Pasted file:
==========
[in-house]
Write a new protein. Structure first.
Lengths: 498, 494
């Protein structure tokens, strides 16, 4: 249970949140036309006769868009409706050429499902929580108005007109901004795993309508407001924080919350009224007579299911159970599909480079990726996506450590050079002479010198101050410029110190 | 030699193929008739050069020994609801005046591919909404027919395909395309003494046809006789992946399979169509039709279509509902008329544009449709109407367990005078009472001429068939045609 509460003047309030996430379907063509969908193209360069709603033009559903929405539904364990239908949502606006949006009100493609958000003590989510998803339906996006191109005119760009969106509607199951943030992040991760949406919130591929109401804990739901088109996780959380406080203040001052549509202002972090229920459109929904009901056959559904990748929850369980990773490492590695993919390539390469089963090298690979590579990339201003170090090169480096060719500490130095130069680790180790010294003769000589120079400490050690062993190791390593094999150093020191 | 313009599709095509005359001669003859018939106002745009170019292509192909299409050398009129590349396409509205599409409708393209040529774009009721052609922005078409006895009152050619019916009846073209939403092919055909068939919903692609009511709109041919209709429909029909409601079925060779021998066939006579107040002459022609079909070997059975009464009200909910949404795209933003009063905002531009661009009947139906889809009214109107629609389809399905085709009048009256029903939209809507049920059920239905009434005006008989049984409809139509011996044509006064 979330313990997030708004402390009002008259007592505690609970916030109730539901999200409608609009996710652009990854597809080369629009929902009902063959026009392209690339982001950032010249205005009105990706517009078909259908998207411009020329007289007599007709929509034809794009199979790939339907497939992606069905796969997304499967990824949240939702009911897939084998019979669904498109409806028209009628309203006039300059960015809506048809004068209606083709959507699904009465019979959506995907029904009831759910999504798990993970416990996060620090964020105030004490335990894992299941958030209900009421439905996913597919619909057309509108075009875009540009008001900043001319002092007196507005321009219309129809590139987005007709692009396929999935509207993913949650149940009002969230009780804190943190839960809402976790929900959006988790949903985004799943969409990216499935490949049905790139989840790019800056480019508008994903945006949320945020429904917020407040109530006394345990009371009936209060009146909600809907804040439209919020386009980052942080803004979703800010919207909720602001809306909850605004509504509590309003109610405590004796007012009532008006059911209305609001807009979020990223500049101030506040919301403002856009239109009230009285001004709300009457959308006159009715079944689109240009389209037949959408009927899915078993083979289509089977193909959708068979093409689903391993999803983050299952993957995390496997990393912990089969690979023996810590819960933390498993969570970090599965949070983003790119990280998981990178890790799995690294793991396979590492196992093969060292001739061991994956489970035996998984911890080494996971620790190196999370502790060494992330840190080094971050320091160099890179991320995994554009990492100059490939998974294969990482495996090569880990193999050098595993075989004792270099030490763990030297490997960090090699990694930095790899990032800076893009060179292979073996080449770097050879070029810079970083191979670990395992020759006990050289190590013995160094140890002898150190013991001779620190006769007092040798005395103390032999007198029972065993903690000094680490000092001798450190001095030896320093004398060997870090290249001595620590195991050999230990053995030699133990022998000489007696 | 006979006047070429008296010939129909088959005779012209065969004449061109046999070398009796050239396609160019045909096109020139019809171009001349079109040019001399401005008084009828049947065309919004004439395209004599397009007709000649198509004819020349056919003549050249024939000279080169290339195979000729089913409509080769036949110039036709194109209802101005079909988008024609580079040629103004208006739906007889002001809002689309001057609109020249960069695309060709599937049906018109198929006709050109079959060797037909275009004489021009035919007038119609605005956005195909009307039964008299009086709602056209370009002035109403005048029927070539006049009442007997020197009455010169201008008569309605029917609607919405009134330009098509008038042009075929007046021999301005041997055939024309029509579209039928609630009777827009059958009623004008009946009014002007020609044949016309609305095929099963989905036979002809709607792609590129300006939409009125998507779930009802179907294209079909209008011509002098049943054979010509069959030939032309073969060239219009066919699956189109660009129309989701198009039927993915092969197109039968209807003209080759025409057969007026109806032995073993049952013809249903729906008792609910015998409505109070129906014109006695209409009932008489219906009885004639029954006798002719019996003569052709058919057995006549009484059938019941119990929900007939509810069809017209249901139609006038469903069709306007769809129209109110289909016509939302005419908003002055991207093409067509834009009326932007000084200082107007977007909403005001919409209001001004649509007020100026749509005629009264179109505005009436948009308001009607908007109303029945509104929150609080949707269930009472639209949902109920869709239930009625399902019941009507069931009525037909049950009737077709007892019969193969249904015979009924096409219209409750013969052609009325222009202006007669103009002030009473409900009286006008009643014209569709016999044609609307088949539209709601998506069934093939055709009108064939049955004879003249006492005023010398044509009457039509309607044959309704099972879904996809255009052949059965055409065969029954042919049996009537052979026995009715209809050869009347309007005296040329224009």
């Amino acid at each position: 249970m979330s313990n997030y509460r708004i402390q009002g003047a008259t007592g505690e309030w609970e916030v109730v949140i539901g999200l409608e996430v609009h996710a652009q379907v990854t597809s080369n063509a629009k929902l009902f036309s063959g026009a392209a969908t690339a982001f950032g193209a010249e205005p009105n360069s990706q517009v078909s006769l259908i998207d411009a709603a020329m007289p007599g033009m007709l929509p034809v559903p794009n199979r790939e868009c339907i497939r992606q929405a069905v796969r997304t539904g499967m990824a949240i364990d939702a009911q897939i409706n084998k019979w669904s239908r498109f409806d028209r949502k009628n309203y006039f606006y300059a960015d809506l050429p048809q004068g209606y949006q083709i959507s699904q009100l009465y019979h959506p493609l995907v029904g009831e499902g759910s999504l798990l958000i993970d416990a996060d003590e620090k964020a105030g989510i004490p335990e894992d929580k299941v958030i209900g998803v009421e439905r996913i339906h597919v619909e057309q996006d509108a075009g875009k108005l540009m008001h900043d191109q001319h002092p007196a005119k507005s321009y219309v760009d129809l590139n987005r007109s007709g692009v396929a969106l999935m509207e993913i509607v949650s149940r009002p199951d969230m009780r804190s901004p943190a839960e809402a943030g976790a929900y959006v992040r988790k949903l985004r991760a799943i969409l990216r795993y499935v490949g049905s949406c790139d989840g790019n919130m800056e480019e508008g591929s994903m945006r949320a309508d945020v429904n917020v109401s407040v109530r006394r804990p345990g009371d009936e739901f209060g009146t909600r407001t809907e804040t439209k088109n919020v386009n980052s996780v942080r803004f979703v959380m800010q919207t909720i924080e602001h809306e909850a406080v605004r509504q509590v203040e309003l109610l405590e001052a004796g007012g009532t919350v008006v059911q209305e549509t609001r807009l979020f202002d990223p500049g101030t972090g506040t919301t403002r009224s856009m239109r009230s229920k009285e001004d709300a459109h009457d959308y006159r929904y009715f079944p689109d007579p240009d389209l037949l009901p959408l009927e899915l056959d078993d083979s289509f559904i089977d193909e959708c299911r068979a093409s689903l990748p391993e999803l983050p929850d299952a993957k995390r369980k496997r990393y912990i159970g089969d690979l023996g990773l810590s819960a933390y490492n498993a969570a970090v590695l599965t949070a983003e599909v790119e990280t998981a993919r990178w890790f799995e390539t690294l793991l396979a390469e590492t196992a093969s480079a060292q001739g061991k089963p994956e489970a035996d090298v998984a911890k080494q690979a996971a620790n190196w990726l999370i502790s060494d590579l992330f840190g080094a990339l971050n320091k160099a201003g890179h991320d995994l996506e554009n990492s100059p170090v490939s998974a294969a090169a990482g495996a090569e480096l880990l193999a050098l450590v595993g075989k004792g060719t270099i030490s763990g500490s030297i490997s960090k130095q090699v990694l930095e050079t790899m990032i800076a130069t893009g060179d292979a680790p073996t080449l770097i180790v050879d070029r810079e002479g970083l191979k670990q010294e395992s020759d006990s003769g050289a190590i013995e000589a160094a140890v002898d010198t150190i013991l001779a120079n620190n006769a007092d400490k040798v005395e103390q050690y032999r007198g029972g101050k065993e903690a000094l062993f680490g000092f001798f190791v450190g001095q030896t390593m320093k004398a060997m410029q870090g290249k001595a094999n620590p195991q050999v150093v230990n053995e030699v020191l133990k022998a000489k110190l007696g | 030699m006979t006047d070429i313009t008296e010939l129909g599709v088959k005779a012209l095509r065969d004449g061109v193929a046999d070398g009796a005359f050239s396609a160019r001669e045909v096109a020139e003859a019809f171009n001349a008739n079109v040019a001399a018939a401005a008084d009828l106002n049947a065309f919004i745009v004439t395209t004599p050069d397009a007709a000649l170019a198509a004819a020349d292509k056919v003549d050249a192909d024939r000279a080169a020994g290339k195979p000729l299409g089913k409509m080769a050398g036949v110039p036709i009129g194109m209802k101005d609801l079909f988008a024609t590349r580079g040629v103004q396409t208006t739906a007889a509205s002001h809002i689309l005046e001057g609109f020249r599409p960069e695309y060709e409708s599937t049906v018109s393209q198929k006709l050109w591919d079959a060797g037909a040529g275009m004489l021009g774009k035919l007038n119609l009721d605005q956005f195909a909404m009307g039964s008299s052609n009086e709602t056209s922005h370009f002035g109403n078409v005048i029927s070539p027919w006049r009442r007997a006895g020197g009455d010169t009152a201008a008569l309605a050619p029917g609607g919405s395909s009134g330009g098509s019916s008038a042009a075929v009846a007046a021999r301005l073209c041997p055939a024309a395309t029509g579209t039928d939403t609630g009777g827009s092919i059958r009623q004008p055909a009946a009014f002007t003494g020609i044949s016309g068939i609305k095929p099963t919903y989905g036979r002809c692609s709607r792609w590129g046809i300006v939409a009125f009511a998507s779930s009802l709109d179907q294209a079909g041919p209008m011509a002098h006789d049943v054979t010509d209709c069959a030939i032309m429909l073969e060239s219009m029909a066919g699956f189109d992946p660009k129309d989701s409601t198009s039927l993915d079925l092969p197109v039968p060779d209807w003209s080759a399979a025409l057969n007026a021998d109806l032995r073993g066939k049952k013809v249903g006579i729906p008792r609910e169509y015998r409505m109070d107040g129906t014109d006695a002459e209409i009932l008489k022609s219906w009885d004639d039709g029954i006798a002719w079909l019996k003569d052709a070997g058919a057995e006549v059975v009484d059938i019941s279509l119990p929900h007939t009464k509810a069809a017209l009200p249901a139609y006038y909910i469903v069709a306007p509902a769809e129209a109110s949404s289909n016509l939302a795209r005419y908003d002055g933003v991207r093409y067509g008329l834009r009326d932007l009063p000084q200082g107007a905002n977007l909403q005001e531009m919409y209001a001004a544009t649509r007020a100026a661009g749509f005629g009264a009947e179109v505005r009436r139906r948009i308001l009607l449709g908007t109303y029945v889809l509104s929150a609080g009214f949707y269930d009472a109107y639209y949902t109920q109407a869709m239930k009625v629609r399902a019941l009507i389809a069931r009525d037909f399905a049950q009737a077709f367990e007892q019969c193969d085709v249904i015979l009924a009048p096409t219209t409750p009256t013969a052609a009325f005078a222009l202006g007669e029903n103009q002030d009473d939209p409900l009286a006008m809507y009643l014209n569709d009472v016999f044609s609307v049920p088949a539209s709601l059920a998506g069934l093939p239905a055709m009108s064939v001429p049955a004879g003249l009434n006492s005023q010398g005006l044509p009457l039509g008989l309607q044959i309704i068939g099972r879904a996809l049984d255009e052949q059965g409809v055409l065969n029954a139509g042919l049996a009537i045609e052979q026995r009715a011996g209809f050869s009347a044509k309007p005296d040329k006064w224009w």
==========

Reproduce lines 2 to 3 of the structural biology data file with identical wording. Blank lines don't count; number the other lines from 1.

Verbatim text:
Write a new protein. Structure first.
Lengths: 498, 494